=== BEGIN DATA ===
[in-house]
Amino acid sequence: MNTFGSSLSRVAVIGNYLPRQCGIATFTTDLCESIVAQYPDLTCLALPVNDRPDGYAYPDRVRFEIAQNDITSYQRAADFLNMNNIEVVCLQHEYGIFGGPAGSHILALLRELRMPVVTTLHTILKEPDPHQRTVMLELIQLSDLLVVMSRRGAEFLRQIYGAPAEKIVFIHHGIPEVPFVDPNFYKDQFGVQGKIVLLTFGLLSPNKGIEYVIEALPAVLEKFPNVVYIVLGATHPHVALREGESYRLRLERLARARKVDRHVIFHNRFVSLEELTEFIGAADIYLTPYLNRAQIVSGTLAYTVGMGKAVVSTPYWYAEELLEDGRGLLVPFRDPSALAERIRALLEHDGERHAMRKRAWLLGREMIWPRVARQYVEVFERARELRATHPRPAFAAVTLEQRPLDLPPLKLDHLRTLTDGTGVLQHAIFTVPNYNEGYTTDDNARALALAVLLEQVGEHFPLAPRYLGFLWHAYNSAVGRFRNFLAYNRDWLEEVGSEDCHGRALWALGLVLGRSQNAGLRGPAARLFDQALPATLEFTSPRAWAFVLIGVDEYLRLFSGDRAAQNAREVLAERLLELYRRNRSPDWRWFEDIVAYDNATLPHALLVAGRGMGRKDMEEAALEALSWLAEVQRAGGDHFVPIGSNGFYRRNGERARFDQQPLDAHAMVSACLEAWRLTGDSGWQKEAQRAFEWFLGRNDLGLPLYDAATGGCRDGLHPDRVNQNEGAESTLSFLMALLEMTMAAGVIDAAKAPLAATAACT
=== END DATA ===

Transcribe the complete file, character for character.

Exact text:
[in-house]
Amino acid sequence: MNTFGSSLSRVAVIGNYLPRQCGIATFTTDLCESIVAQYPDLTCLALPVNDRPDGYAYPDRVRFEIAQNDITSYQRAADFLNMNNIEVVCLQHEYGIFGGPAGSHILALLRELRMPVVTTLHTILKEPDPHQRTVMLELIQLSDLLVVMSRRGAEFLRQIYGAPAEKIVFIHHGIPEVPFVDPNFYKDQFGVQGKIVLLTFGLLSPNKGIEYVIEALPAVLEKFPNVVYIVLGATHPHVALREGESYRLRLERLARARKVDRHVIFHNRFVSLEELTEFIGAADIYLTPYLNRAQIVSGTLAYTVGMGKAVVSTPYWYAEELLEDGRGLLVPFRDPSALAERIRALLEHDGERHAMRKRAWLLGREMIWPRVARQYVEVFERARELRATHPRPAFAAVTLEQRPLDLPPLKLDHLRTLTDGTGVLQHAIFTVPNYNEGYTTDDNARALALAVLLEQVGEHFPLAPRYLGFLWHAYNSAVGRFRNFLAYNRDWLEEVGSEDCHGRALWALGLVLGRSQNAGLRGPAARLFDQALPATLEFTSPRAWAFVLIGVDEYLRLFSGDRAAQNAREVLAERLLELYRRNRSPDWRWFEDIVAYDNATLPHALLVAGRGMGRKDMEEAALEALSWLAEVQRAGGDHFVPIGSNGFYRRNGERARFDQQPLDAHAMVSACLEAWRLTGDSGWQKEAQRAFEWFLGRNDLGLPLYDAATGGCRDGLHPDRVNQNEGAESTLSFLMALLEMTMAAGVIDAAKAPLAATAACT